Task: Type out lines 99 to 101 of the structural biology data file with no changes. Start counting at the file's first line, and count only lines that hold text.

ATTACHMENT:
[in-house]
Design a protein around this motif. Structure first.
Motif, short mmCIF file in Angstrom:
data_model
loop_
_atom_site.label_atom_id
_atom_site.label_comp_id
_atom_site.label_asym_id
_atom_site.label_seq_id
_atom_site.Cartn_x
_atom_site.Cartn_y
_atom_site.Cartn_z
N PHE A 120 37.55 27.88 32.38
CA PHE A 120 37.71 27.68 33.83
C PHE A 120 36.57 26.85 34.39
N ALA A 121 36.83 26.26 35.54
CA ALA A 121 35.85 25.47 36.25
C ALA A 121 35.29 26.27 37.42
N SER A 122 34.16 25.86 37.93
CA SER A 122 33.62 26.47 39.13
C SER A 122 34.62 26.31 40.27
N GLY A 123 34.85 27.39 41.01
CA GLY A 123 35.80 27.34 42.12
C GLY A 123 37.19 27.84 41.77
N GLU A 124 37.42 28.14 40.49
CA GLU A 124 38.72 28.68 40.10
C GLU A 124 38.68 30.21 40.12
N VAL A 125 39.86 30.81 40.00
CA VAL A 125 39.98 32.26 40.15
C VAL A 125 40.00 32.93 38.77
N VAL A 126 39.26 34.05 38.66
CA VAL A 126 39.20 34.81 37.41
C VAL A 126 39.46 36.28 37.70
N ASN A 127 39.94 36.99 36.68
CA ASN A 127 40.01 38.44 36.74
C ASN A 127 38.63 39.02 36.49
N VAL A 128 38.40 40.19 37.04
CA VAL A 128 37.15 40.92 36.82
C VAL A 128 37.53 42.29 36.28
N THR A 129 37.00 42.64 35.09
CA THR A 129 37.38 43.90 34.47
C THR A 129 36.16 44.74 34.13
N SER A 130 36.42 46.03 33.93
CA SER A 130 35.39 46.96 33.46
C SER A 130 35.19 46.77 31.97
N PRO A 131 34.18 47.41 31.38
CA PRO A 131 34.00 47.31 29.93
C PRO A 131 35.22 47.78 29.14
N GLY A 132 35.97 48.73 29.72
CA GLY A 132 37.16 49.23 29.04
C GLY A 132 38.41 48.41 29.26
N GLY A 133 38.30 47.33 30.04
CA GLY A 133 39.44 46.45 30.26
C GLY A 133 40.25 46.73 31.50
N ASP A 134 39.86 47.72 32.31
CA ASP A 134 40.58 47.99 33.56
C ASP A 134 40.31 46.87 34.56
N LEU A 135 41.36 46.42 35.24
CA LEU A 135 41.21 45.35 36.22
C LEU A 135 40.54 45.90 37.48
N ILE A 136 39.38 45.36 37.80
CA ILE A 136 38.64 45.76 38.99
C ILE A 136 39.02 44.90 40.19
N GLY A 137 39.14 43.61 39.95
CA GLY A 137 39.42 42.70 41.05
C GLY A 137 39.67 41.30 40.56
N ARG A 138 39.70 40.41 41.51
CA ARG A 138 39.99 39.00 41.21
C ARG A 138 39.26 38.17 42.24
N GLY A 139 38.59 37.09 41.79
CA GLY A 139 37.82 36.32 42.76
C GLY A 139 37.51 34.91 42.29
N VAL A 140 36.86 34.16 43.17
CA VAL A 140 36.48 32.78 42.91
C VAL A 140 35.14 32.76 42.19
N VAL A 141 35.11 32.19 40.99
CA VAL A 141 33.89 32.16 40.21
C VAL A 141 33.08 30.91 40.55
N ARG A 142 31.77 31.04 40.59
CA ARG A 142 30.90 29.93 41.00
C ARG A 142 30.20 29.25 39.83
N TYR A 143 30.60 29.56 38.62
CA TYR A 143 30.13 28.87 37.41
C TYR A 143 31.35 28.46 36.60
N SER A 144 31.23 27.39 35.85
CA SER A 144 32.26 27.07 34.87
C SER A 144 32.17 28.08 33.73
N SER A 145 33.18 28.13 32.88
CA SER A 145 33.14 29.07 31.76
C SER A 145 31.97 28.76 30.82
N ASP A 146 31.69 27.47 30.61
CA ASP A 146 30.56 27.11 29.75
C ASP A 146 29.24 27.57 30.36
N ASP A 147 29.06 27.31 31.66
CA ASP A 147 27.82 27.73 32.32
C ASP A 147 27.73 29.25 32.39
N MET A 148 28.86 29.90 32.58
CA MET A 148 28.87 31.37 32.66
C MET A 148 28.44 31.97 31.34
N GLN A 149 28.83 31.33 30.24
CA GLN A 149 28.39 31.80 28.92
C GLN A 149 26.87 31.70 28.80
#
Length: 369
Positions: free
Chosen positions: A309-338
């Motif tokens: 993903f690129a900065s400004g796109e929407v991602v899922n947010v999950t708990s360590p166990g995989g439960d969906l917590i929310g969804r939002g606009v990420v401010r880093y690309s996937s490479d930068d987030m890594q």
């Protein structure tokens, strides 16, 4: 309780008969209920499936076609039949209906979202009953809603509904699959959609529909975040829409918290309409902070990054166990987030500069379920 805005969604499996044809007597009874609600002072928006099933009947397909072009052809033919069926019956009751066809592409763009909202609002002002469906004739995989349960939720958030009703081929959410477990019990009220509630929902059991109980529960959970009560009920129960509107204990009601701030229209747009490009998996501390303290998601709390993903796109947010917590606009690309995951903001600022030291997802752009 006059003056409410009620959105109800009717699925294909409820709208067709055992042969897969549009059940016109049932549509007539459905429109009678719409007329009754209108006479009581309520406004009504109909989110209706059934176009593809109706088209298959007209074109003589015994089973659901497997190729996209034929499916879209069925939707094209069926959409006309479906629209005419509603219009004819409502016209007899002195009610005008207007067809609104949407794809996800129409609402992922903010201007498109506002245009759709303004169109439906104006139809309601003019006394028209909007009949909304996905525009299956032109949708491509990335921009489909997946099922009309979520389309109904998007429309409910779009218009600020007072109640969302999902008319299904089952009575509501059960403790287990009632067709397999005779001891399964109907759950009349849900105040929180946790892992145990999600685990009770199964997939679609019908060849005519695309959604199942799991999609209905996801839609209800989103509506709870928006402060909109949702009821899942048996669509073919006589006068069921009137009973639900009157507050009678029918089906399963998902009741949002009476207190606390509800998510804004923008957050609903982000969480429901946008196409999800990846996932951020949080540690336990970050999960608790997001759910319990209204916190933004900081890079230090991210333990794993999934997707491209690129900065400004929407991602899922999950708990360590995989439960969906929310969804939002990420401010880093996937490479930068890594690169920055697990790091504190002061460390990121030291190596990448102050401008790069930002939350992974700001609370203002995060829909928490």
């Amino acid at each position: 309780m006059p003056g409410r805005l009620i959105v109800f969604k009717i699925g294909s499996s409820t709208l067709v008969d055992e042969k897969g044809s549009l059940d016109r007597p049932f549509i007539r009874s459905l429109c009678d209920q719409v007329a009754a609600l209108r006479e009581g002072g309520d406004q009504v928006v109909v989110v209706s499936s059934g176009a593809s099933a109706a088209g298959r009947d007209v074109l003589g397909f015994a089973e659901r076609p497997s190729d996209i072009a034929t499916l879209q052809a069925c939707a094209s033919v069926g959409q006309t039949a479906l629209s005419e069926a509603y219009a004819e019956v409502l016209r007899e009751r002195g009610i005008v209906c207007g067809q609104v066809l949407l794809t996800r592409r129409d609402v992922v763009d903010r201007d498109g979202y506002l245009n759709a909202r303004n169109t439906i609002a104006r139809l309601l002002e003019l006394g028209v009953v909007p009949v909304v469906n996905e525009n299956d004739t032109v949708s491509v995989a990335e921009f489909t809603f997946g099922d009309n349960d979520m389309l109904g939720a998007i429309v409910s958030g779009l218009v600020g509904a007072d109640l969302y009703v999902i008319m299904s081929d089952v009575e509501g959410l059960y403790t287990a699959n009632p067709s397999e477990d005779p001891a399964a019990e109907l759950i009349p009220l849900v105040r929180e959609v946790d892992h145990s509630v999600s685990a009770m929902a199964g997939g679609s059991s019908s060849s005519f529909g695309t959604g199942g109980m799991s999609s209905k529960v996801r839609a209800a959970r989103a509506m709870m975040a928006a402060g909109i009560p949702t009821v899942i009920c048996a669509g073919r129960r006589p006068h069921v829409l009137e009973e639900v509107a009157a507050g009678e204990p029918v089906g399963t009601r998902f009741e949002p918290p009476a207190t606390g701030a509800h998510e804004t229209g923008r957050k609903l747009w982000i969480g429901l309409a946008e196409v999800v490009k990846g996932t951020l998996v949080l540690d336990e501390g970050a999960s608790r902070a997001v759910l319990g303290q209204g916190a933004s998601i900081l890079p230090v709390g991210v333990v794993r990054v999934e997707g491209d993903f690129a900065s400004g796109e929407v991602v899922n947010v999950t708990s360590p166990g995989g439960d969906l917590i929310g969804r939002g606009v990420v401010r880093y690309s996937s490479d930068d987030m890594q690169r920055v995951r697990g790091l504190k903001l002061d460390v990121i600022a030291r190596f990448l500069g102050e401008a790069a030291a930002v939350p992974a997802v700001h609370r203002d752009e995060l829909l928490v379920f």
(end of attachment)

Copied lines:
C MET A 148 28.44 31.97 31.34
N GLN A 149 28.83 31.33 30.24
CA GLN A 149 28.39 31.80 28.92